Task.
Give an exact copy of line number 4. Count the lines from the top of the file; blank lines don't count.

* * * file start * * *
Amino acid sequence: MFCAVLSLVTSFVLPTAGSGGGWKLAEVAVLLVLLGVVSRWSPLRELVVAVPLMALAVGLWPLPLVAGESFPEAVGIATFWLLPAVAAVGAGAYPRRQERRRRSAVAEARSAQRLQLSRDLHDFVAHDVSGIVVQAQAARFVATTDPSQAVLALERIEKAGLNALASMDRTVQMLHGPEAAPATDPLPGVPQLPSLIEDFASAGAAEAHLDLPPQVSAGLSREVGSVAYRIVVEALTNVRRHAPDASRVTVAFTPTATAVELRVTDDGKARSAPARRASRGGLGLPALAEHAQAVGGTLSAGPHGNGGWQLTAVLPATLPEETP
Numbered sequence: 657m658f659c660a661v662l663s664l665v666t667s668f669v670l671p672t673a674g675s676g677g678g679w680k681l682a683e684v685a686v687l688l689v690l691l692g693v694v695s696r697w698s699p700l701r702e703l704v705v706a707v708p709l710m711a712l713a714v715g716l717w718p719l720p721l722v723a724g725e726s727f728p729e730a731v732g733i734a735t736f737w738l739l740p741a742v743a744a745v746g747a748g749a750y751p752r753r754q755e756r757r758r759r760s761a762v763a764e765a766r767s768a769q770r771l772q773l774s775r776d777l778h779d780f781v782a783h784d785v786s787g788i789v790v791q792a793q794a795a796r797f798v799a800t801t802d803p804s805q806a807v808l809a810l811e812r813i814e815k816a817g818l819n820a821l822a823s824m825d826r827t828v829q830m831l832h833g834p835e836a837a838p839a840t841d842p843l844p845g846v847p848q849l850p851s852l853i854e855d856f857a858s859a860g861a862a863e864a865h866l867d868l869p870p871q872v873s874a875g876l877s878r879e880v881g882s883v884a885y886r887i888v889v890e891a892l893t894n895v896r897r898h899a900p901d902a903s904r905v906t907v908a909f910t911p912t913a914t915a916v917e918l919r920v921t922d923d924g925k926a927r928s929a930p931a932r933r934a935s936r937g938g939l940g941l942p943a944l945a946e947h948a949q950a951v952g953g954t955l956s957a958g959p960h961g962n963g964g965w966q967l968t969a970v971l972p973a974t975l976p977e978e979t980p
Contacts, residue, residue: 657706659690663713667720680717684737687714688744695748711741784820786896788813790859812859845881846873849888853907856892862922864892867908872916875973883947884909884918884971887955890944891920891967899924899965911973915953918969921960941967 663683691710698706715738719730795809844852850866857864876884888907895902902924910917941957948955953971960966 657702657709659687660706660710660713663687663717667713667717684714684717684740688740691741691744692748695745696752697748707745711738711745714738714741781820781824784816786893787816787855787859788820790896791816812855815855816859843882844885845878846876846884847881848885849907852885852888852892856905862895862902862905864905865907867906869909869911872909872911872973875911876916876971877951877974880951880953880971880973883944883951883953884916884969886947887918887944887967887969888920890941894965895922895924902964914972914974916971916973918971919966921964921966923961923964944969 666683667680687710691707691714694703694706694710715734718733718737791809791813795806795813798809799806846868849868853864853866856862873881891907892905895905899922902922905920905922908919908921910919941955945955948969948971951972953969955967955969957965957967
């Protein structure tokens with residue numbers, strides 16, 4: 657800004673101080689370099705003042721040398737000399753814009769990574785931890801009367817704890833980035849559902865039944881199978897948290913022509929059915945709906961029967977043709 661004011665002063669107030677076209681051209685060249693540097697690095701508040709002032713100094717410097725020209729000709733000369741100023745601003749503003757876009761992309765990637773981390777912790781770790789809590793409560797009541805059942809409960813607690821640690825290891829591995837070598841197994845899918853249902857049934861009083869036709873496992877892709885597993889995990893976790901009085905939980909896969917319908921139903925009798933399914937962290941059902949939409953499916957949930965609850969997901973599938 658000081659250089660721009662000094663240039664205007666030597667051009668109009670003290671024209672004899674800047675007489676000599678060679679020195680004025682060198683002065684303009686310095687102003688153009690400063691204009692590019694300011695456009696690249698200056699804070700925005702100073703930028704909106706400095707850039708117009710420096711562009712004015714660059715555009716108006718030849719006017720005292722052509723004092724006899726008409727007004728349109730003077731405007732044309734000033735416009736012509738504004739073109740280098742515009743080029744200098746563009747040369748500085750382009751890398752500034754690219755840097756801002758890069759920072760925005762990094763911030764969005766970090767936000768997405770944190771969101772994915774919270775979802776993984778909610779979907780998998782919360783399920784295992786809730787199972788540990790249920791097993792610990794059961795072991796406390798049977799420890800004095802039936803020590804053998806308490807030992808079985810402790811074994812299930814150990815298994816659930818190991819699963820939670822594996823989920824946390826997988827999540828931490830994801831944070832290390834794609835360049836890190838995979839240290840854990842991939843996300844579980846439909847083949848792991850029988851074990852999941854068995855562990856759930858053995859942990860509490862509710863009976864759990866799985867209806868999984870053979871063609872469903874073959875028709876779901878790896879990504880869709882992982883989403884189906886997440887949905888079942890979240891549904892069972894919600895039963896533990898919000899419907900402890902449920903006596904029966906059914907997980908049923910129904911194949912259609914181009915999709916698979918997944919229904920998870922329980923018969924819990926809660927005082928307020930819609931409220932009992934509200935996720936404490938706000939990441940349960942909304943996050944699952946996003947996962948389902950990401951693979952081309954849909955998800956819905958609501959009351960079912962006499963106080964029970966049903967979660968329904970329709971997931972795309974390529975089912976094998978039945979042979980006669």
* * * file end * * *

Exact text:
């Protein structure tokens with residue numbers, strides 16, 4: 657800004673101080689370099705003042721040398737000399753814009769990574785931890801009367817704890833980035849559902865039944881199978897948290913022509929059915945709906961029967977043709 661004011665002063669107030677076209681051209685060249693540097697690095701508040709002032713100094717410097725020209729000709733000369741100023745601003749503003757876009761992309765990637773981390777912790781770790789809590793409560797009541805059942809409960813607690821640690825290891829591995837070598841197994845899918853249902857049934861009083869036709873496992877892709885597993889995990893976790901009085905939980909896969917319908921139903925009798933399914937962290941059902949939409953499916957949930965609850969997901973599938 658000081659250089660721009662000094663240039664205007666030597667051009668109009670003290671024209672004899674800047675007489676000599678060679679020195680004025682060198683002065684303009686310095687102003688153009690400063691204009692590019694300011695456009696690249698200056699804070700925005702100073703930028704909106706400095707850039708117009710420096711562009712004015714660059715555009716108006718030849719006017720005292722052509723004092724006899726008409727007004728349109730003077731405007732044309734000033735416009736012509738504004739073109740280098742515009743080029744200098746563009747040369748500085750382009751890398752500034754690219755840097756801002758890069759920072760925005762990094763911030764969005766970090767936000768997405770944190771969101772994915774919270775979802776993984778909610779979907780998998782919360783399920784295992786809730787199972788540990790249920791097993792610990794059961795072991796406390798049977799420890800004095802039936803020590804053998806308490807030992808079985810402790811074994812299930814150990815298994816659930818190991819699963820939670822594996823989920824946390826997988827999540828931490830994801831944070832290390834794609835360049836890190838995979839240290840854990842991939843996300844579980846439909847083949848792991850029988851074990852999941854068995855562990856759930858053995859942990860509490862509710863009976864759990866799985867209806868999984870053979871063609872469903874073959875028709876779901878790896879990504880869709882992982883989403884189906886997440887949905888079942890979240891549904892069972894919600895039963896533990898919000899419907900402890902449920903006596904029966906059914907997980908049923910129904911194949912259609914181009915999709916698979918997944919229904920998870922329980923018969924819990926809660927005082928307020930819609931409220932009992934509200935996720936404490938706000939990441940349960942909304943996050944699952946996003947996962948389902950990401951693979952081309954849909955998800956819905958609501959009351960079912962006499963106080964029970966049903967979660968329904970329709971997931972795309974390529975089912976094998978039945979042979980006669």